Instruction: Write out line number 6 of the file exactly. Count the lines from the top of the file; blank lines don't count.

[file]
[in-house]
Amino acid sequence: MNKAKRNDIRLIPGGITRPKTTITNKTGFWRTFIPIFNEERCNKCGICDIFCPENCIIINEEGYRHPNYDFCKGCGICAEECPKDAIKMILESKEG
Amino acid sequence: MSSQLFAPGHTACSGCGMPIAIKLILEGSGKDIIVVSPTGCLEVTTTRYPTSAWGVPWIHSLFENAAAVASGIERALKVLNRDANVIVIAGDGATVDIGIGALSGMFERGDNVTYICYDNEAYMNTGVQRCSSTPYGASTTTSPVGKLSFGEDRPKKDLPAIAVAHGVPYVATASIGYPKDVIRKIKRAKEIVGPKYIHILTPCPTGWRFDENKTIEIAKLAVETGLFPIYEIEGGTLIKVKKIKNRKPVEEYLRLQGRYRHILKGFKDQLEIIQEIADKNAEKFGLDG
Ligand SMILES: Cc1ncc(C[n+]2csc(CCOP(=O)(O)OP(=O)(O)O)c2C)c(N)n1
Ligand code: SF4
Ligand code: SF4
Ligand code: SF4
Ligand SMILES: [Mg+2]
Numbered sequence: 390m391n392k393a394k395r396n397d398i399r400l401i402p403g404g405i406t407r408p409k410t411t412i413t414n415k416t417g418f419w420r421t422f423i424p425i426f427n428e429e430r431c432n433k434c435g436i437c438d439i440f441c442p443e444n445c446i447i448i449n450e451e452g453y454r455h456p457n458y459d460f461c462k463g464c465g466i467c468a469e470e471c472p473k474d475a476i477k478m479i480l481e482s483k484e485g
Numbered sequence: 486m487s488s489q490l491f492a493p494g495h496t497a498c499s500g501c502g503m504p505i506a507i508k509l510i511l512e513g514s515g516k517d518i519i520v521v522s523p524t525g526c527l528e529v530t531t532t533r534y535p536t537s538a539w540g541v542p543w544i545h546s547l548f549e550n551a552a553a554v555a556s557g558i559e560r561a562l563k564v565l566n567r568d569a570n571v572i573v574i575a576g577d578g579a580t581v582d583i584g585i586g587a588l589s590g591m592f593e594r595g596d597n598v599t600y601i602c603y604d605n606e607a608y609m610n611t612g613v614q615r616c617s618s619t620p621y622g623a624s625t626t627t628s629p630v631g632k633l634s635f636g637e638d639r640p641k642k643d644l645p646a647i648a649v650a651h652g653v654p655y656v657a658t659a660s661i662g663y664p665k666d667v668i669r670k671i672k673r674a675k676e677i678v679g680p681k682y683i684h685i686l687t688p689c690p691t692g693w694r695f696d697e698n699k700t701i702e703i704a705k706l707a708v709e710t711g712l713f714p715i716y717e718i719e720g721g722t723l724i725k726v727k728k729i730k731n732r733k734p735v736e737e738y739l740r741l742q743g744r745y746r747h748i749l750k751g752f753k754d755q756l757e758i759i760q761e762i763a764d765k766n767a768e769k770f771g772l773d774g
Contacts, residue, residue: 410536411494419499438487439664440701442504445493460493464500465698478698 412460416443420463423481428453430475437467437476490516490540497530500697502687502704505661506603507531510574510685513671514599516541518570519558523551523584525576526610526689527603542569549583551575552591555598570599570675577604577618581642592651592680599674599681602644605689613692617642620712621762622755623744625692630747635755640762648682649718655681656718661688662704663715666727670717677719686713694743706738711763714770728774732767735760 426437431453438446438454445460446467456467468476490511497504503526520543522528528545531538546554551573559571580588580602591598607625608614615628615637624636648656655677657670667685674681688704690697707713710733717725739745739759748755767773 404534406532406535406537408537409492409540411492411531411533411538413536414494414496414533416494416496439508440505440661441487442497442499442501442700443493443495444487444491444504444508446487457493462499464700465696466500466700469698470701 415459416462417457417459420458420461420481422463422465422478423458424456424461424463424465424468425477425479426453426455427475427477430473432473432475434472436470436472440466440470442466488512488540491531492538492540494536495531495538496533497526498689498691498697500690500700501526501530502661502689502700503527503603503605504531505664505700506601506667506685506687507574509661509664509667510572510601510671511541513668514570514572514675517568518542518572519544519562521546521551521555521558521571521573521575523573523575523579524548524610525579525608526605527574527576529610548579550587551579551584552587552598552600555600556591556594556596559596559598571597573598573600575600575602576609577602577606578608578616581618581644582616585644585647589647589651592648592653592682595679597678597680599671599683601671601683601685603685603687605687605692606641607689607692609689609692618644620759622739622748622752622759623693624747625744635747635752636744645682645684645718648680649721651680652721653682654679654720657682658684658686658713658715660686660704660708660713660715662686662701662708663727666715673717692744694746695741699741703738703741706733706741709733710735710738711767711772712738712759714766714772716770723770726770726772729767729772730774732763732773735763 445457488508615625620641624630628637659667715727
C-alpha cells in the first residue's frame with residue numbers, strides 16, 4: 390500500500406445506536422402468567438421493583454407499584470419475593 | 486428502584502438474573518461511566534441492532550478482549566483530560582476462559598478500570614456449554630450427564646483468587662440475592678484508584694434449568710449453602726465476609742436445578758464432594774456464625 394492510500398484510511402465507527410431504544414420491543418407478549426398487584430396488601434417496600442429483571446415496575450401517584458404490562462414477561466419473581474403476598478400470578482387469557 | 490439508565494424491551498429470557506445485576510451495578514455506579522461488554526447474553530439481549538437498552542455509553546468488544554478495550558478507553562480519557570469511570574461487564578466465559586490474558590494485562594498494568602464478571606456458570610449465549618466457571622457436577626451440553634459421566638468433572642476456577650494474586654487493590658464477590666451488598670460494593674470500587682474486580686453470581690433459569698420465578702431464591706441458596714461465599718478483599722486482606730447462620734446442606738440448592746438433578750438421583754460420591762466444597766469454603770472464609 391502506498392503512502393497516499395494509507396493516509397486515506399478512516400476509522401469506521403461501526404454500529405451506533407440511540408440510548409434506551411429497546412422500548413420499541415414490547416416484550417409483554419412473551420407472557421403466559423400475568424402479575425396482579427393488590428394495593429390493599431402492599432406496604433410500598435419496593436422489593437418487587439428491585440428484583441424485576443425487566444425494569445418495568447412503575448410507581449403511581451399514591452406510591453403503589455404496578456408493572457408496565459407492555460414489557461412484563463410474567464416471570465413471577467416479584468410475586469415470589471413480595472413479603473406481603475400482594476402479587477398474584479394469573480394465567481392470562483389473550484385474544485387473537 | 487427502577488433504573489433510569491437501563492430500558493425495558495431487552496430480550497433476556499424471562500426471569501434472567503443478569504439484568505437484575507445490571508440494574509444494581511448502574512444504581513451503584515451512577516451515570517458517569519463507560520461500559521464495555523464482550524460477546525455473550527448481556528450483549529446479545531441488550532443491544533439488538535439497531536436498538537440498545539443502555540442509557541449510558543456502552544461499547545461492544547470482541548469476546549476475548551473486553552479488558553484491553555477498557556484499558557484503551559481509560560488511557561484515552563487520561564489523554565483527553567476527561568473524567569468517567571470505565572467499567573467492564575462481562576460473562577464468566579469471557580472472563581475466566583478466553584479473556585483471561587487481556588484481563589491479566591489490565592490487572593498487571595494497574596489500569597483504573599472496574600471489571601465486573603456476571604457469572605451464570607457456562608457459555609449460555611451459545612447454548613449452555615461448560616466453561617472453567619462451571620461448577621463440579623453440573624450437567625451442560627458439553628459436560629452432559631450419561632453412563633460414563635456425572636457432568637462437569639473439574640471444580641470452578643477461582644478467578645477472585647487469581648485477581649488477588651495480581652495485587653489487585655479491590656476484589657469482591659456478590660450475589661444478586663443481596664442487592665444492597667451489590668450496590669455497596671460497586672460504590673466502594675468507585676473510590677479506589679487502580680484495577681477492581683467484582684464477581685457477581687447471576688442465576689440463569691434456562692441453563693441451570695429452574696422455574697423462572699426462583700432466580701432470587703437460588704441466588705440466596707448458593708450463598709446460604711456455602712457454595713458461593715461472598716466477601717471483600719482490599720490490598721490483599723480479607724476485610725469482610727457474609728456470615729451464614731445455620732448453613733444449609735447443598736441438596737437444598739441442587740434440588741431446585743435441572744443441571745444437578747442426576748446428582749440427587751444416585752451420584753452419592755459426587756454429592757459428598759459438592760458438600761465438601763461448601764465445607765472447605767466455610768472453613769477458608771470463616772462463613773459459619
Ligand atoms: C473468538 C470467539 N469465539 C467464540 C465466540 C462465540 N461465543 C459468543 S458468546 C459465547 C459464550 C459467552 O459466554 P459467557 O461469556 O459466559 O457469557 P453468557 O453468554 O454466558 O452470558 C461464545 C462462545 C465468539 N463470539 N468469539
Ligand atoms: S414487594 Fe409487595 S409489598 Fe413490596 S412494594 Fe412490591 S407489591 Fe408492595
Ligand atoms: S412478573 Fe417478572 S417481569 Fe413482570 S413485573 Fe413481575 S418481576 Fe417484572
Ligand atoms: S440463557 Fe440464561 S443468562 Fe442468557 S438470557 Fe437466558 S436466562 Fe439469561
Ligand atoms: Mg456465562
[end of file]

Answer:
Ligand code: SF4